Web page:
7. The River
Anna followed Sultan through the woods and down to the river bank. Near the dock where
she stood to look out toward the sea not many days before, she saw a boat tied and rocking
softly, the chill night air stirring the tree branches all around them.
From high above she heard a call, the hoot of an owl, hunting in the moonlit woods. She
continued chanting in a low voice, moving her body as though dancing still, but she allowed him
to hand her into the boat and to wrap an oilskin cloak around her shoulders.
She grew quieter and sat very still while he pushed off, drew himself adroitly over the side
and took up the oars. How beautiful it all was, she whispered to herself, watching the sparkling
ripples falling away from the side of the boat in the moonlight. A strong tide was running out
toward the bay in the direction of the sailing ships she could see downriver, their lanterns strung
and bobbing in the masts.
One of the tall ships appeared closer than the others, and she also had more lanterns aloft, in addition to one lighting the cabin. The seagoing vessels would have been visible
even without their lanterns, standing as they did in bold outline against the water and the sky between the densely wooded riverbanks. The bright white glow of the full moon made it nearly as light as day.
Sultan pulled hard, and Anna kept her eyes on the three tall masts of the ship as they drew
nearer. The wind caught a corner of the cloak he had draped around her, lifting it high. She
reached out to recover it.
“Be right cool out here on the water,” he said, taking his hand off the oar for a moment to
draw out a dark colored cap from the pocket of his jacket. He pulled it on, grinned at her, and
returned to hauling mightily on the oars, bringing them nearer the ship. They moved speedily
and easily over the small waves, the boat running with the tide.
Anna sat stone still, staring at him. In an instant the fog lifted from her mind, and she could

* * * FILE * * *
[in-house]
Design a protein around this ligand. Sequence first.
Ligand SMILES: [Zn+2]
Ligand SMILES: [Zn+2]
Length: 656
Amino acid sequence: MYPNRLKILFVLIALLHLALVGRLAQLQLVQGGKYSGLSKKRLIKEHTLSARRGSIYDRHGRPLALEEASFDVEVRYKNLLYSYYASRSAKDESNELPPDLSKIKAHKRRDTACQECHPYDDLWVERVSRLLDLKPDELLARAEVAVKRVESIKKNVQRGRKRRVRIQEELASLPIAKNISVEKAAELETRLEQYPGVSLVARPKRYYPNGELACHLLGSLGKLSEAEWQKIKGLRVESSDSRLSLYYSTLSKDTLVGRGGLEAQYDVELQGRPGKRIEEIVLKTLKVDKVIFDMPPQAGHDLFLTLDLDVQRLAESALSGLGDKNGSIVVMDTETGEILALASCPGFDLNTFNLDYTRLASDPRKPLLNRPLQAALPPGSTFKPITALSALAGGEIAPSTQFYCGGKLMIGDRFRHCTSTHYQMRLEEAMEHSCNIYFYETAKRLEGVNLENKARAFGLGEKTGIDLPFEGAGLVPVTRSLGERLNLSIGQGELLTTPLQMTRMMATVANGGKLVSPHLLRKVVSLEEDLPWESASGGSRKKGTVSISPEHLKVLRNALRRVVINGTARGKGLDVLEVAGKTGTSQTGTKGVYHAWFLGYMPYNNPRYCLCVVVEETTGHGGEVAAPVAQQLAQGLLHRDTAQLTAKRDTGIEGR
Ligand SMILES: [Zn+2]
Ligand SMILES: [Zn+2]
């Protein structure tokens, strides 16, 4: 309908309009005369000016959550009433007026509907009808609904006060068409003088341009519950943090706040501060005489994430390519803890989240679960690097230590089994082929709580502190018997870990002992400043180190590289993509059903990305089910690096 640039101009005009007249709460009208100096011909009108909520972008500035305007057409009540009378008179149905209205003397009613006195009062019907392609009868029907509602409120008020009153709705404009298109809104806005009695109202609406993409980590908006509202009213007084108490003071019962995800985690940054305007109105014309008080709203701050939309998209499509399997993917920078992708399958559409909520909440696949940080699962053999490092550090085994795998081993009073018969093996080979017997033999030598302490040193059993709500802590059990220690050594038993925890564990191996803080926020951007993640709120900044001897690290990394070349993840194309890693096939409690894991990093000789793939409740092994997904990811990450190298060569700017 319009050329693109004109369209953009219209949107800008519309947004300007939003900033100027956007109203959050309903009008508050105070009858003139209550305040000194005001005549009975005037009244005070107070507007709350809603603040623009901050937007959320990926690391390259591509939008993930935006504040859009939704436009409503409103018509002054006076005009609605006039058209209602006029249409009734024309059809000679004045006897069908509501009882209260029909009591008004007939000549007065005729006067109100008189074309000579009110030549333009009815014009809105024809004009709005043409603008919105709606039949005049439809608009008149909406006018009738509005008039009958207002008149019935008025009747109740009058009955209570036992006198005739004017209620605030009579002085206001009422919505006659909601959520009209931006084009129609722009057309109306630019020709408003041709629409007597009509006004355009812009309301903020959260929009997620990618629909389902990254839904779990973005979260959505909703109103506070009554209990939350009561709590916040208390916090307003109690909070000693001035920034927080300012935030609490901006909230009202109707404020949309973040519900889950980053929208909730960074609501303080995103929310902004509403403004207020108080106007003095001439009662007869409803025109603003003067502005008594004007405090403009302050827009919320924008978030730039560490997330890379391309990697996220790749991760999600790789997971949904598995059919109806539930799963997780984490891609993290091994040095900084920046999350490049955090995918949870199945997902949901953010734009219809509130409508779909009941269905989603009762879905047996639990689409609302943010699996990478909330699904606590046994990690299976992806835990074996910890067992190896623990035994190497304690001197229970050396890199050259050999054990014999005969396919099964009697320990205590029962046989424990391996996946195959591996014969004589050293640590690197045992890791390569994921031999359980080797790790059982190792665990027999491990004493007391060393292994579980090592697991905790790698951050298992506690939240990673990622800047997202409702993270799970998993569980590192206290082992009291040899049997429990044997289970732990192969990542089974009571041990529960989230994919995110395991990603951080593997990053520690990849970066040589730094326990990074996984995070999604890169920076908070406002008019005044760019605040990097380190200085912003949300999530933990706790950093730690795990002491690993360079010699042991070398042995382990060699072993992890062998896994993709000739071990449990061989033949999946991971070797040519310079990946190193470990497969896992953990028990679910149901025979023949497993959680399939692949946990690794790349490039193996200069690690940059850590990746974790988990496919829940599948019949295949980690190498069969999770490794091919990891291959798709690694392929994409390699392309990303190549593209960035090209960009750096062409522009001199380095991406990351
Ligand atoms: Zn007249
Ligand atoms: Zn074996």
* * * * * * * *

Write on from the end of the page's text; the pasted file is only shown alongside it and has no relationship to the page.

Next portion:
see as clearly as though it was high no on and she had just awakened from refreshing sleep.
Every pore of her skin tingled, while her eyes widened in comprehension.
This was the same man who had peered down at her and Esther as they slept. This was
Dabinett’s man, and that was Dabinett’s brightly lighted ship they were heading for out there in
the river harbor, and closing fast.
She sized him up carefully. He was compact and strong, with heavy, thick thighs that would
bolster him when he fought, and his arms would be even better w
eapons. She could not win if she challenged him physically, and she had no illusions about being
able to talk him into turning back. She had to act, and quickly.
She bent down and put her head between her knees.
“Feelin’ pekid,” she said. “Maybe you slow up a little.”
Head bowed, she fumbled with the heavy leather shoe clasps running across the top of her
high instep, succeeded in loosening them, and slipped off her shoes.
He slacked the oars for a moment, and smiled at her as she straightened up again.
“I stand up a little while,” she said, the cloak slipping from her shoulders.
As he shook his head vehemently, forming the protesting “Nooooooooo” with his lips, she
balanced carefully, crouched to spring, raised her arms, and, arcing her body expertly, dove
headfirst into the cold inky water of the York River.
She heard his cry as she plunged, but she was on her way down, as far out and away from him
as the calculated projection of her dive could carry her. Her eyes opened on black underwater
dark, and she knew immediately that her principal challenges in getting away would be
orientation and the strength of the current, and that compared to these, the numbing chill of the
water was minor. But she also realized at once that she was in ocean-deep water, and that she
would have to maintain constant movement so as not to succumb to the frigid temperature. The
cold penetrated clear to the inside of her bones, rocking her with an aching jolt that surprised her
with its strength. She swam deep for a long pull and came up only when her lungs were close to
Breaking the surface, she cleared her eyes and blinked hard to note the position of the ship’s
lights, to be sure she was headed in the opposite direction.
She could not make out the shoreline, and thought she must first adjust her vision to the moonlight dancing in bright white pools on the water before she could orient herself. Too soon and far too near, she heard the splash of oars, and she dove again.
A determination born of desperation, and a kind of exhilaration that drove her to the outer
edge of her daring and courage, moved her forward, even as she felt herself beaten back by the
current one full stroke for her every two. She thought she might be able to find the edge of the
outdriving force, and swerved to swim diagonally for a time from her straight line, always in the
direction of where she thought the shore must be, though she found no abatement in the strength of the current. Soon she knew she would have to remain swimming on the surface to find her landfall, and if her pursuer came too close, she could always simply dive deep and away from